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Bergmann, Carl (12 April 1821–10 August 1876), conductor, cellist, and composer, was born in Ebersbach, Saxony, the son of middle-class parents. His talent for music manifested itself early, and he was a pupil of Adolph Zimmerman at Zittau as early as 1827 and later studied with the organist-composer Adolph Hesse at Breslau. By 1842 he was playing cello and occasionally conducting the orchestra in Breslau and in these capacities toured central and eastern European cities between 1842 and 1848. His early compositions, written before 1848, apparently included an opera and a symphony....

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Blanton, Jimmy (18 November 1918–30 July 1942), bass player, was born James Blanton in Chattanooga, Tennessee. Blanton is widely regarded as the most outstanding bass player of the late 1930s and early 1940s, almost single-handedly revolutionizing jazz bass playing both technically and conceptually. As a child, Blanton studied violin, making his first public appearance at age eight. Showing exceptional talent and a serious interest in music, he learned music theory from an uncle and later switched to string bass while studying at Tennessee State College (1934–1937). Precociously gifted on this instrument, Blanton was soon playing with local bands, including his mother’s (a pianist and bandleader). In 1937 he moved to St. Louis to play with the Jeter-Pillars Orchestra and ...

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Boggs, Dock (07 February 1898–07 February 1971), folk singer and banjoist, was born Moran Lee Boggs in West Norton, Virginia. His father worked as a blacksmith and carpenter. He grew up in a family of musicians; three of his older brothers played the banjo and sang, two sisters were excellent singers, and his father could even read music and sing “written” music. Dock grew up attending typical Appalachian music-making events—square dances, molasses stir-offs, barn raisings, pie suppers—but the area’s mining and railroading enterprises also put him in touch with a large number of African-American folk musicians, from whom he learned the blues and other types of popular songs. In his own work later he sought to combine the two styles, the black and the white, creating a unique strain of “mountain blues.”...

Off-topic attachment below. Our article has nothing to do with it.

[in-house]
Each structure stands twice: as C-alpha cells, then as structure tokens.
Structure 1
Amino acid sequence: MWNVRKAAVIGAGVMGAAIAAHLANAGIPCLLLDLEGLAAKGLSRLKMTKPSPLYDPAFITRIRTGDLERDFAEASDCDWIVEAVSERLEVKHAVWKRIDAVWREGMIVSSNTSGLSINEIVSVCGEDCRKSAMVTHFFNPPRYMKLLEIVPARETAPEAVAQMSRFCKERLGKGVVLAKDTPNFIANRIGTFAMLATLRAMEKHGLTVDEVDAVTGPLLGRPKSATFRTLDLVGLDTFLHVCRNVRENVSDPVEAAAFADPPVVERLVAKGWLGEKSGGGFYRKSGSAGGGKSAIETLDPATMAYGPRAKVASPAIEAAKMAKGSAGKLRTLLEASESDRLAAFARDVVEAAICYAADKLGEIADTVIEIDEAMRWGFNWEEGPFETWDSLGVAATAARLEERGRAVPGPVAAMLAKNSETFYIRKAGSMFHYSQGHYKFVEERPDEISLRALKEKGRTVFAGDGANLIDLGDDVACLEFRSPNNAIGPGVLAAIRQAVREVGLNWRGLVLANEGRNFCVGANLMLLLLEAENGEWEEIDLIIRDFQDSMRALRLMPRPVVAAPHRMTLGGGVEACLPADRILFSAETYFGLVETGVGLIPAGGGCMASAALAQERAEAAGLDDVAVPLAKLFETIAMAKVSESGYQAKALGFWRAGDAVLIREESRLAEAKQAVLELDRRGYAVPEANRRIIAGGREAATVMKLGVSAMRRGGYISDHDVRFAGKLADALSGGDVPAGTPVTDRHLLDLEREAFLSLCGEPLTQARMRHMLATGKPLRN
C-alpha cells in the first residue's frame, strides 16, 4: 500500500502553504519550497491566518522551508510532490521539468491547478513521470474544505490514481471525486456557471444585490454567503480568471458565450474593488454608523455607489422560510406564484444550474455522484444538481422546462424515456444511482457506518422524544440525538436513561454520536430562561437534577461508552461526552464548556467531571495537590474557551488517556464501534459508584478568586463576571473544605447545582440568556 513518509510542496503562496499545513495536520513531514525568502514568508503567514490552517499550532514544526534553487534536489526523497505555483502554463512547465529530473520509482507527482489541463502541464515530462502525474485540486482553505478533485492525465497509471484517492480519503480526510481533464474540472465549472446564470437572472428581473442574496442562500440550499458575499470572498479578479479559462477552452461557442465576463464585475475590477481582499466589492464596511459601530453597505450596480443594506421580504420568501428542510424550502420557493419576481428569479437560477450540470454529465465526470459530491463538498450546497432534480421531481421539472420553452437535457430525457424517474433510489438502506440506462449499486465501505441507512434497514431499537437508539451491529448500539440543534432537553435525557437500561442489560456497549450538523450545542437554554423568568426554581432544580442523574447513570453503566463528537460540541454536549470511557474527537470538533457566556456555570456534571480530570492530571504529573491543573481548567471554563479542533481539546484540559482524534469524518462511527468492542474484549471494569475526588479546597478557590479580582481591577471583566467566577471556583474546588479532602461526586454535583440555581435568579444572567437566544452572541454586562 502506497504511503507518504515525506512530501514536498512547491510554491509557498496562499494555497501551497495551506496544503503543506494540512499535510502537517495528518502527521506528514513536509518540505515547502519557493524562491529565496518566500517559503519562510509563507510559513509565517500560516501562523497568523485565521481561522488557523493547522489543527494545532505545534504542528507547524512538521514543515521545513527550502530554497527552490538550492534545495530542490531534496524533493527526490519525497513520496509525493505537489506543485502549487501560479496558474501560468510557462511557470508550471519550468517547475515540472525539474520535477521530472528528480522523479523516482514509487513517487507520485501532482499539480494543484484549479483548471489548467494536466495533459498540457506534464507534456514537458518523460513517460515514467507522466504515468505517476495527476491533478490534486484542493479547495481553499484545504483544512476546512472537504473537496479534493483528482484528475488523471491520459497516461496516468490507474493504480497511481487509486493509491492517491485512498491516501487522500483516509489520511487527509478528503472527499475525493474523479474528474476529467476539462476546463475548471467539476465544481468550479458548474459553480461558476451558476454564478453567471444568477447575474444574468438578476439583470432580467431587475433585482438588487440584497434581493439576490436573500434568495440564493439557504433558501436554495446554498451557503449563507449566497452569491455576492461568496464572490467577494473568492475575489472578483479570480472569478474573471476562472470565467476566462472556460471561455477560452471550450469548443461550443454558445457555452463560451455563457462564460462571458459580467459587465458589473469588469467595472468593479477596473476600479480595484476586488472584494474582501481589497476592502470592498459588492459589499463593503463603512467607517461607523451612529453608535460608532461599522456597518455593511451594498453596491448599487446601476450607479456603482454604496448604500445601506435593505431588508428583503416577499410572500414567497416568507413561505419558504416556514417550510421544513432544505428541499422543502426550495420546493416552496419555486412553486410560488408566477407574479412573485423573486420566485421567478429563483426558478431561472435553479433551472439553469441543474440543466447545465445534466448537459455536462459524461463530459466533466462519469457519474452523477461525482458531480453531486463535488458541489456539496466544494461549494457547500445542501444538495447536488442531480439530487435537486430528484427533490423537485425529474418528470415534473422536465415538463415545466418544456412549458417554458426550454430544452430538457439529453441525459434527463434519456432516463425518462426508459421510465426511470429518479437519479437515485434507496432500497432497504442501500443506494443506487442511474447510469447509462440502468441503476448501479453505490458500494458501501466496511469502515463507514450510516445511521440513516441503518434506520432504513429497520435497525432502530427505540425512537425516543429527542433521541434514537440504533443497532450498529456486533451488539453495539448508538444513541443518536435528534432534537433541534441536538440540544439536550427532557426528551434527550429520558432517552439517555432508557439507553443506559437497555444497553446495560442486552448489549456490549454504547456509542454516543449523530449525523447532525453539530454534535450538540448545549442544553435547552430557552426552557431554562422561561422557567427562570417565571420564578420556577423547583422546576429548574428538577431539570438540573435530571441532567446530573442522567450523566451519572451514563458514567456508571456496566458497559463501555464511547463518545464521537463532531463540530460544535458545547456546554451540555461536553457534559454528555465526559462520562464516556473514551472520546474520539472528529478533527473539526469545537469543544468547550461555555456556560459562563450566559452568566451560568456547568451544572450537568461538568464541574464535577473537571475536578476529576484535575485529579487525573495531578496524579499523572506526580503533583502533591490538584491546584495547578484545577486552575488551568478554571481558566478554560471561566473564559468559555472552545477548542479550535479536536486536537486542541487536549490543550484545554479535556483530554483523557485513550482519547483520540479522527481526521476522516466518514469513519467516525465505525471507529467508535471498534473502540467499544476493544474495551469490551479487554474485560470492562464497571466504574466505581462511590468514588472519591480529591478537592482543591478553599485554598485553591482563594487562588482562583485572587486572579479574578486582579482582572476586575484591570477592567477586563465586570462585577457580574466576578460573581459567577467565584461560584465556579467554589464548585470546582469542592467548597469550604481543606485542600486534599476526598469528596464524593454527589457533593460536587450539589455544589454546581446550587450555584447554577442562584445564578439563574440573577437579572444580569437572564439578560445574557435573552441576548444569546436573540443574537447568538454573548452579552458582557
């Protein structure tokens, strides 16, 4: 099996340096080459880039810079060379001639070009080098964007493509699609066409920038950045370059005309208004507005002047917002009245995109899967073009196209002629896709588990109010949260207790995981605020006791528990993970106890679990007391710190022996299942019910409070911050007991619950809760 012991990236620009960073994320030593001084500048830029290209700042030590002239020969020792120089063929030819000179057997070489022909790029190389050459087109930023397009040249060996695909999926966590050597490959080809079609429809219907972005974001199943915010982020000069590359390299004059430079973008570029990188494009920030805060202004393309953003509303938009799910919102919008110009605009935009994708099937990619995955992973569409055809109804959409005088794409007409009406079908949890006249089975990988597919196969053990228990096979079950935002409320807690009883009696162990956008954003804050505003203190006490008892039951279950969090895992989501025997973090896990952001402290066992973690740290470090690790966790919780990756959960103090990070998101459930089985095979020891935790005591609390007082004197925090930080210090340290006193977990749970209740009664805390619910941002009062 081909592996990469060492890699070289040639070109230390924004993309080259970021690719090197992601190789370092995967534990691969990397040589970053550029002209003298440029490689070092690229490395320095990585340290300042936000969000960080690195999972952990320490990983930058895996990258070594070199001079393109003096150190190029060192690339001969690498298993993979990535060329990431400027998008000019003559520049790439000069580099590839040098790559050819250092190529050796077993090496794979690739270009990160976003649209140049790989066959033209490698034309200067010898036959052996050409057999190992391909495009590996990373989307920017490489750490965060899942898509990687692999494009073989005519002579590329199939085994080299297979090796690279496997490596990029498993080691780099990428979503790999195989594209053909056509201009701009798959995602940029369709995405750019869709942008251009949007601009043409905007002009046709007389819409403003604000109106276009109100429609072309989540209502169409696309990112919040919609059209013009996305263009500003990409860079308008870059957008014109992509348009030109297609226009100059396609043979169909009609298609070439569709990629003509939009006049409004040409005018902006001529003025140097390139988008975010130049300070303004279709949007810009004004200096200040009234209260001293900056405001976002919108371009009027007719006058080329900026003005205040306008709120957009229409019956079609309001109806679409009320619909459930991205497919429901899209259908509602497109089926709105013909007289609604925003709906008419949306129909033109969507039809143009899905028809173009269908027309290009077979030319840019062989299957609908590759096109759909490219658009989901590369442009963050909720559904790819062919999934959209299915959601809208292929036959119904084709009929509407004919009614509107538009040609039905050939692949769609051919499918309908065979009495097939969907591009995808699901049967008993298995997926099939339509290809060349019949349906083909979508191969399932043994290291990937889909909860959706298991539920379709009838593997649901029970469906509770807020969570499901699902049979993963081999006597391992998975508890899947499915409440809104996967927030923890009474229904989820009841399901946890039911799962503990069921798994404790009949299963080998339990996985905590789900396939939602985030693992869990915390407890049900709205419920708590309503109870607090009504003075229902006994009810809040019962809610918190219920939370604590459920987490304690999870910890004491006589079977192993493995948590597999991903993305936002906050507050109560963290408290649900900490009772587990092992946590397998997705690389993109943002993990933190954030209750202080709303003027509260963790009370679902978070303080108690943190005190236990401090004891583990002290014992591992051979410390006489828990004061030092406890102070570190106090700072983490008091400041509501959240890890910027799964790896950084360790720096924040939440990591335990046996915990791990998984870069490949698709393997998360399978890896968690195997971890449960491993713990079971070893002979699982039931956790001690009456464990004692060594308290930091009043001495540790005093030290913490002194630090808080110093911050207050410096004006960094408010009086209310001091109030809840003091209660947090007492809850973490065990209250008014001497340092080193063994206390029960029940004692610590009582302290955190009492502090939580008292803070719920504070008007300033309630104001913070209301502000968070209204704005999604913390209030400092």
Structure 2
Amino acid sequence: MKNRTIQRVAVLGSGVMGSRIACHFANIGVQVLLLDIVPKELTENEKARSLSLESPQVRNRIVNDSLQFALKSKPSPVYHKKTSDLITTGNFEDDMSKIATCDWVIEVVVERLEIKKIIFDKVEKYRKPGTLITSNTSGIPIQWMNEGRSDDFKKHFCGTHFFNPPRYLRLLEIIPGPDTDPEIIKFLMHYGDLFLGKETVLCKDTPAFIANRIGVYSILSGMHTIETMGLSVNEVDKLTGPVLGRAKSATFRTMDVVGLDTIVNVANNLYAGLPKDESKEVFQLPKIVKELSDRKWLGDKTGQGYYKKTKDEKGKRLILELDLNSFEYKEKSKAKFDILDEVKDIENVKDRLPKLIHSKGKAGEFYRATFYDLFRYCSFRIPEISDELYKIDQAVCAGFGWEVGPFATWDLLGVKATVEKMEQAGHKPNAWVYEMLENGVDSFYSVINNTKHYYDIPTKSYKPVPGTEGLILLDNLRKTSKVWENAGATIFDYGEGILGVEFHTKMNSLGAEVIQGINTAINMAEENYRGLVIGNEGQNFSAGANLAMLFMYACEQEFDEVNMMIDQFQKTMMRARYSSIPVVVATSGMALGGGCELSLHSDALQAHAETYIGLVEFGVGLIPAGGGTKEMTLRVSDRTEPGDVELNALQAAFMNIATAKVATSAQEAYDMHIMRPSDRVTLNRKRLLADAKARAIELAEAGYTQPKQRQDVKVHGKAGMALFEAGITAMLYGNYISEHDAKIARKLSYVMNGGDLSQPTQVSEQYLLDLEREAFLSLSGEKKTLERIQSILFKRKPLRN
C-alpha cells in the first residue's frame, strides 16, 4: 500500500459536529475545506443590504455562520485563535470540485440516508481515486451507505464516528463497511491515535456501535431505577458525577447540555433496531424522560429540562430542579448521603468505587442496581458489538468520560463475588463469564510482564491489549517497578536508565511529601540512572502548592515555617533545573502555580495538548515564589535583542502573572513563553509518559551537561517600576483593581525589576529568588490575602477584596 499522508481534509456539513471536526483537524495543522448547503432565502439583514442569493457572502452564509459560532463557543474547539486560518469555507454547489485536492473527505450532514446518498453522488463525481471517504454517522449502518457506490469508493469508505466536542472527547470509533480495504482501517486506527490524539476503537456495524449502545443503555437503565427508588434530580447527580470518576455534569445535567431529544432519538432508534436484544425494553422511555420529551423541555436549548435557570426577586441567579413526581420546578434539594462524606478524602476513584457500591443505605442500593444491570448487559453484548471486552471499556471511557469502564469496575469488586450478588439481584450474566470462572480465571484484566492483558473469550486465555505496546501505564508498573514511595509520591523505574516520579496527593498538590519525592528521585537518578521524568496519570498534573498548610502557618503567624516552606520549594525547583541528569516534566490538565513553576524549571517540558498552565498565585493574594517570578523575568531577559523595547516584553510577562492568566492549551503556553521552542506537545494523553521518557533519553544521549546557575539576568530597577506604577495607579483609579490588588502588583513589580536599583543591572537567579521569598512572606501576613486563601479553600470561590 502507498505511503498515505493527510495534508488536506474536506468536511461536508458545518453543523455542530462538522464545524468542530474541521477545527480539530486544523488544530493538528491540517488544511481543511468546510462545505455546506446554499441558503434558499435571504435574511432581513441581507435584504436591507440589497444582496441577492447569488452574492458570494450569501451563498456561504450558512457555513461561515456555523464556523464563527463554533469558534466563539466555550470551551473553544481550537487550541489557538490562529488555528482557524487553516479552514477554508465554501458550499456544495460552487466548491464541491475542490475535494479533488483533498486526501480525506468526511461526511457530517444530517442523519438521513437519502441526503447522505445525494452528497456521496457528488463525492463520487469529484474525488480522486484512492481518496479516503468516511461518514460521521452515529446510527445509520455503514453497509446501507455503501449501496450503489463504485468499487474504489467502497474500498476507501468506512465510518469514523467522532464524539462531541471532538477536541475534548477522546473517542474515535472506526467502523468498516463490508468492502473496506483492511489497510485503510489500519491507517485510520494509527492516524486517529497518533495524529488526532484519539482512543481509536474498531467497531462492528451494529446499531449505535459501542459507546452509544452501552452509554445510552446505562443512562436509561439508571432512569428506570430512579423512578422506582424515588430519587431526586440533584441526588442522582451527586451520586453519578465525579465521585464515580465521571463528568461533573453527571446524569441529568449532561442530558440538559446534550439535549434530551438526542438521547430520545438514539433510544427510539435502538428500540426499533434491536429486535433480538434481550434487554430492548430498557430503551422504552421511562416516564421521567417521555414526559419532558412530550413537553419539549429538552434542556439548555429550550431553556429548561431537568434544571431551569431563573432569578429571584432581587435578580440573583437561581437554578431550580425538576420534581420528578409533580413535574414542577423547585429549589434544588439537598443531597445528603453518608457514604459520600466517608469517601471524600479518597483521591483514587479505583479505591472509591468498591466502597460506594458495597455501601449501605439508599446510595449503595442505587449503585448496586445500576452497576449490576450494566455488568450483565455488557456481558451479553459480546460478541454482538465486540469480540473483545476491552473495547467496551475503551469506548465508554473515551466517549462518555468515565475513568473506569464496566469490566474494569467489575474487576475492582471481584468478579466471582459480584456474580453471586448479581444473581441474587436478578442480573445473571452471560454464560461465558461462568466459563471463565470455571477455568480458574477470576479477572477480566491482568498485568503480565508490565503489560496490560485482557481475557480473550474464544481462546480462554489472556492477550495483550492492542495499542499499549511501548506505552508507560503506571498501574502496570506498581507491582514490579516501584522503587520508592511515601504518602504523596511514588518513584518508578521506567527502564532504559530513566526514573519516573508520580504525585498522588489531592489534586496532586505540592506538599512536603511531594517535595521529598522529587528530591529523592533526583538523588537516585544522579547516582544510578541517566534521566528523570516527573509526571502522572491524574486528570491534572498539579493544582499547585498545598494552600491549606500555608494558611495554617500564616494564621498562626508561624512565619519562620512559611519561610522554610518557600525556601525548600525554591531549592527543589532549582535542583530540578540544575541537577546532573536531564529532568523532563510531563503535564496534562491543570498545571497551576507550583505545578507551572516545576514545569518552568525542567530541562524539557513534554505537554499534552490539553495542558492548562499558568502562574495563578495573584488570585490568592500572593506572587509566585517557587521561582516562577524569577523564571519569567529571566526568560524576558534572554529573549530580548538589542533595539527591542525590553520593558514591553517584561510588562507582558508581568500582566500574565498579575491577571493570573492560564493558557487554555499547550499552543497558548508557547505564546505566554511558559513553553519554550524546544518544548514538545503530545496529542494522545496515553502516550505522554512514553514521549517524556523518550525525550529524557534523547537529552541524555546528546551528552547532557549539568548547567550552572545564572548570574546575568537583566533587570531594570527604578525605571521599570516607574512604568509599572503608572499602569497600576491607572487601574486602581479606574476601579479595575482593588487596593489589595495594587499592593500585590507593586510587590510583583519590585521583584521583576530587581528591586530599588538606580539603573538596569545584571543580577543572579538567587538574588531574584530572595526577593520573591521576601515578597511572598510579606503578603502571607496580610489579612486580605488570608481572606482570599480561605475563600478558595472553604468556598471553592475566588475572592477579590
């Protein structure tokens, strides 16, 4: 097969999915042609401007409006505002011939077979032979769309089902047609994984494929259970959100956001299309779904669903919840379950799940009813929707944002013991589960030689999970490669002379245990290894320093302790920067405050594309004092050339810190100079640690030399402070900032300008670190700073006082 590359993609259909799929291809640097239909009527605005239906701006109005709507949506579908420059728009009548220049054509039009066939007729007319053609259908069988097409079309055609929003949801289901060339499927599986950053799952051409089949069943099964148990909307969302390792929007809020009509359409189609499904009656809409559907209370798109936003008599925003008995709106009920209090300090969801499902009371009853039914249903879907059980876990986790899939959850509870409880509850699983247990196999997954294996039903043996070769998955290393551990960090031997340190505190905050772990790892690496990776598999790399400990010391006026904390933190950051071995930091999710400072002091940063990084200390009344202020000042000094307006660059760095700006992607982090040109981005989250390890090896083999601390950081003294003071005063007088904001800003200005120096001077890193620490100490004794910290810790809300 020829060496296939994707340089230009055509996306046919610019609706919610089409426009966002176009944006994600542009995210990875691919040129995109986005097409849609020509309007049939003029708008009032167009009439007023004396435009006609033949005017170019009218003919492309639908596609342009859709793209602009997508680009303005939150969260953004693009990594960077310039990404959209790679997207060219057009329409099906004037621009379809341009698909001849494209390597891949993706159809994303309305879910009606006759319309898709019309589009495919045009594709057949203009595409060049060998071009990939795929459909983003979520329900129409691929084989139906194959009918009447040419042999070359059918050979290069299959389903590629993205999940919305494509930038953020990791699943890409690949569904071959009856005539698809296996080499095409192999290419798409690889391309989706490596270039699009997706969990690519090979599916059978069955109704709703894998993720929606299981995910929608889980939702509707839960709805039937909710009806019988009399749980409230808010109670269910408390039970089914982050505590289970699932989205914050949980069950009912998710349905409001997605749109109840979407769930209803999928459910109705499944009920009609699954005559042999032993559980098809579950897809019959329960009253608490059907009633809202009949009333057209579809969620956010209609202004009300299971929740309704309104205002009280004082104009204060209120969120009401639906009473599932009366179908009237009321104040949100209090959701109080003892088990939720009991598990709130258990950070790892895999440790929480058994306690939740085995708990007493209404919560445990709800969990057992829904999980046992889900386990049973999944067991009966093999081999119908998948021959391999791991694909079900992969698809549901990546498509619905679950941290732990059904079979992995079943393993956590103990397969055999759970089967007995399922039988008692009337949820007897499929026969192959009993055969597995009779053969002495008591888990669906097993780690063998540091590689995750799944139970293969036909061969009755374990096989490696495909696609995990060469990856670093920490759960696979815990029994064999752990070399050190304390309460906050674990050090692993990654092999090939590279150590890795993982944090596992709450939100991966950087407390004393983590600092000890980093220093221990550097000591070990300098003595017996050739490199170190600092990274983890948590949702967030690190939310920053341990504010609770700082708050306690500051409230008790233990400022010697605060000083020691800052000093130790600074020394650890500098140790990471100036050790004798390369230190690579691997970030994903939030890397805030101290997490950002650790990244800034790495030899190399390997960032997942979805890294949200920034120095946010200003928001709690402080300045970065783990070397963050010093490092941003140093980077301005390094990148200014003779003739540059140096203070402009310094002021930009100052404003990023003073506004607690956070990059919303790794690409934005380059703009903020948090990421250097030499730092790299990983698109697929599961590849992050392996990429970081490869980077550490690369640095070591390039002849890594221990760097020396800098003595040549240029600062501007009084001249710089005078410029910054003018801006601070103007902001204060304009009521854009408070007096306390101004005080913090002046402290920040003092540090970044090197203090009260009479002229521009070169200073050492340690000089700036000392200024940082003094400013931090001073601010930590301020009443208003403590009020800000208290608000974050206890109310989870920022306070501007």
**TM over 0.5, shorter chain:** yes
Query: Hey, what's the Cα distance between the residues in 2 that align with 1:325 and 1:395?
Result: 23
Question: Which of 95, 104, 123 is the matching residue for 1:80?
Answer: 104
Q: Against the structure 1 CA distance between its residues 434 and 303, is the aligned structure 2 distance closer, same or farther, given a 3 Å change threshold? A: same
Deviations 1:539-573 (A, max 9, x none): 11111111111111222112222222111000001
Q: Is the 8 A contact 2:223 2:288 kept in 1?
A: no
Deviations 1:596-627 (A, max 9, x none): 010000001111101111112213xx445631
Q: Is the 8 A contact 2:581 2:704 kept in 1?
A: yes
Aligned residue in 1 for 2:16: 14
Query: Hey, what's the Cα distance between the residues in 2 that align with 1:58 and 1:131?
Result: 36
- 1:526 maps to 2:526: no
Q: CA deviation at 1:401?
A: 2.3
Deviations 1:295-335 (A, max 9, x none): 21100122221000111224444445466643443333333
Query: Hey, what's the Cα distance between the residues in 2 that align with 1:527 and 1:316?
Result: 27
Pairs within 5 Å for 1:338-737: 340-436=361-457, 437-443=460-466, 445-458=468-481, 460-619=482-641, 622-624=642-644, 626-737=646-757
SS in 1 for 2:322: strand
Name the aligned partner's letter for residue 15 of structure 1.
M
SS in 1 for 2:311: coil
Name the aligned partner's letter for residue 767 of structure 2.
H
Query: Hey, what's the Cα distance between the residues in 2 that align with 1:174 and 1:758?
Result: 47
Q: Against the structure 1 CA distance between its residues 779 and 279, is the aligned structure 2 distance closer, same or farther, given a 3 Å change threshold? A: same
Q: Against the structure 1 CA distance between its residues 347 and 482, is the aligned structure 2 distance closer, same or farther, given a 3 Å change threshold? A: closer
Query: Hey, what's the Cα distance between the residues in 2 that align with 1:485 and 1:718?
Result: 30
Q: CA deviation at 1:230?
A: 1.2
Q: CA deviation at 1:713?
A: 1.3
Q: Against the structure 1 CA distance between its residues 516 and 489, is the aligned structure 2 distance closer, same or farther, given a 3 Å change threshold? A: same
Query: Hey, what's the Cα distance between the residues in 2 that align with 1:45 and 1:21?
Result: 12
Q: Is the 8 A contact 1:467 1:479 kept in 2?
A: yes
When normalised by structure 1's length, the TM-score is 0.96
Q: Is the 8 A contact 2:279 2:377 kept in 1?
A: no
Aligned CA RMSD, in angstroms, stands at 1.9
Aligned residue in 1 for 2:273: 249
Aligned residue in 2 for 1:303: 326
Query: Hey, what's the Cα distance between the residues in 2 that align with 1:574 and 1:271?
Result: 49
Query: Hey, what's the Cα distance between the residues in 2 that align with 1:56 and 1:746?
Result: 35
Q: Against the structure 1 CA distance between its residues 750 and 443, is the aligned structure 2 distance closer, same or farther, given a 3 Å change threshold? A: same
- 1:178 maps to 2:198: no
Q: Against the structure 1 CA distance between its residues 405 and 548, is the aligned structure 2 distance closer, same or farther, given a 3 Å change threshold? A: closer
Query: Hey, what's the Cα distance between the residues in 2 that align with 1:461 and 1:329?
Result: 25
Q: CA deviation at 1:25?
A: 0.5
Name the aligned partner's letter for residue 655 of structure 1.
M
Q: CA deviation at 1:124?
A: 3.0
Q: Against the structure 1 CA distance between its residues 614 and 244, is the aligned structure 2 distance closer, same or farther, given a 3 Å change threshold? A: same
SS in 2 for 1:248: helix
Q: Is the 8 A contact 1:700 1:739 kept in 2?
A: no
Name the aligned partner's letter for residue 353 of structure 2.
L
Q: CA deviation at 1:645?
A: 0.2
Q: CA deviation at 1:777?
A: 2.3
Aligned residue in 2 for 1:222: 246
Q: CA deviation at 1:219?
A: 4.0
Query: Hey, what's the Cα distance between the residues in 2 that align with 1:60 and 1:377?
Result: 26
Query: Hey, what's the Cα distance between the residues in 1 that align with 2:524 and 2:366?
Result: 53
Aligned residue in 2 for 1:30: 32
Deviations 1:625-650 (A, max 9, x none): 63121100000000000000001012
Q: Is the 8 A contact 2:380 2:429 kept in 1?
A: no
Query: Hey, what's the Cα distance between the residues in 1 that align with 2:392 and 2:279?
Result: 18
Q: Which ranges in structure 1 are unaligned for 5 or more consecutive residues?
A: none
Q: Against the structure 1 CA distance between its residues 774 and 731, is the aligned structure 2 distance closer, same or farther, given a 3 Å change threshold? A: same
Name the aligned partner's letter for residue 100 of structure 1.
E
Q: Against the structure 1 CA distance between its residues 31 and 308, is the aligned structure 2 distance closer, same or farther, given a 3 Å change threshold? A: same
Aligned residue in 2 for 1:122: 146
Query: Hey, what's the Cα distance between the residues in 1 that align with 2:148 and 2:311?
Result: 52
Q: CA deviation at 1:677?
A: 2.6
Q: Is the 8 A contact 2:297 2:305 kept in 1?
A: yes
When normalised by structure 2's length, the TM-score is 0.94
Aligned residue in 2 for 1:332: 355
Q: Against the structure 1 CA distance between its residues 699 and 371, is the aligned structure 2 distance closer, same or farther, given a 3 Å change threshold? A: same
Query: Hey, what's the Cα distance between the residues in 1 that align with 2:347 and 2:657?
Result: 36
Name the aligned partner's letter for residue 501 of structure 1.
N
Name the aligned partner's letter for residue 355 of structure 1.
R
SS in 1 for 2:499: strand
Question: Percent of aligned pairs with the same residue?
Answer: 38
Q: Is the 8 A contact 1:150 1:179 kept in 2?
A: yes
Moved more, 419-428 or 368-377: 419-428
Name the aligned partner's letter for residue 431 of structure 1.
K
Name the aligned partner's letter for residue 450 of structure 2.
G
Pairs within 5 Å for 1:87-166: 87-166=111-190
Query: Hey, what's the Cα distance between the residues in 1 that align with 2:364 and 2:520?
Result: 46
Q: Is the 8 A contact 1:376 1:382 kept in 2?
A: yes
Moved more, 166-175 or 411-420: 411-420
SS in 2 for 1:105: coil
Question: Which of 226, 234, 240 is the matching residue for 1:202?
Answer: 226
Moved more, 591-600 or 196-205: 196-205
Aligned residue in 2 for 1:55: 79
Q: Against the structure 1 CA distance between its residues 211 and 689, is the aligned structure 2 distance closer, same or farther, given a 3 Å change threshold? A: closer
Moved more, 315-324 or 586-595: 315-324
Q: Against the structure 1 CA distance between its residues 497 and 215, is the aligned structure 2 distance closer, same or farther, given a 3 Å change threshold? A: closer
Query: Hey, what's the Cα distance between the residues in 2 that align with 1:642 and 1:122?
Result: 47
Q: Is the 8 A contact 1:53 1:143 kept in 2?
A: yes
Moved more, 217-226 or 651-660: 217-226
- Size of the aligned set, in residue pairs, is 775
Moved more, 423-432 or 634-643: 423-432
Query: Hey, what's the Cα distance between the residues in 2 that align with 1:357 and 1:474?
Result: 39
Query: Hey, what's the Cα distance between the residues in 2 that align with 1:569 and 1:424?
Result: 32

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Bond, Johnny (01 June 1915–12 June 1978), songwriter, musician, and writer, was born Cyrus Whitfield Bond in Enville, Oklahoma, the son of Rufus Thomas Bond, a storekeeper and cotton gin operator, and Anna May Camp. While the family had little money, they did own a Victrola player that Bond found fascinating. Inspired by ...

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Braham, David (1838–11 April 1905), composer, conductor, and violinist, was born near London. His father and brother were musicians, as were two of his sons and four of his nephews. In his teens Braham decided to become a professional harpist but, according to one source, gave up the instrument when a British coach driver informed him that he was welcome aboard but his bulky instrument was not. Shortly thereafter he began studying the violin and became an accomplished performer though he never aspired to a career as a concert soloist. As a youth he played violin in various London music halls....

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Braud, Wellman (25 January 1891–29 October 1966), jazz bassist, was born Wellman Breaux in St. James Parish, Louisiana. Nothing is known of his parents except that they were of Creole heritage, and it is not known when he anglicized his name. Braud began playing violin at age seven and later took up guitar. His earliest work was with string trios playing on the streets of New Orleans. During the 1910s he worked regularly at Tom Anderson’s cabaret, probably playing guitar in a group with violinist ...

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Bristow, George Frederick (19 December 1825–13 December 1898), violinist and composer, was born in Brooklyn, New York, the son of William Richard Bristow, a musician, and Anna Tapp. His musical training began at an early age with piano and violin lessons from his father, supplemented by instruction from one of the premier violinists of the day, ...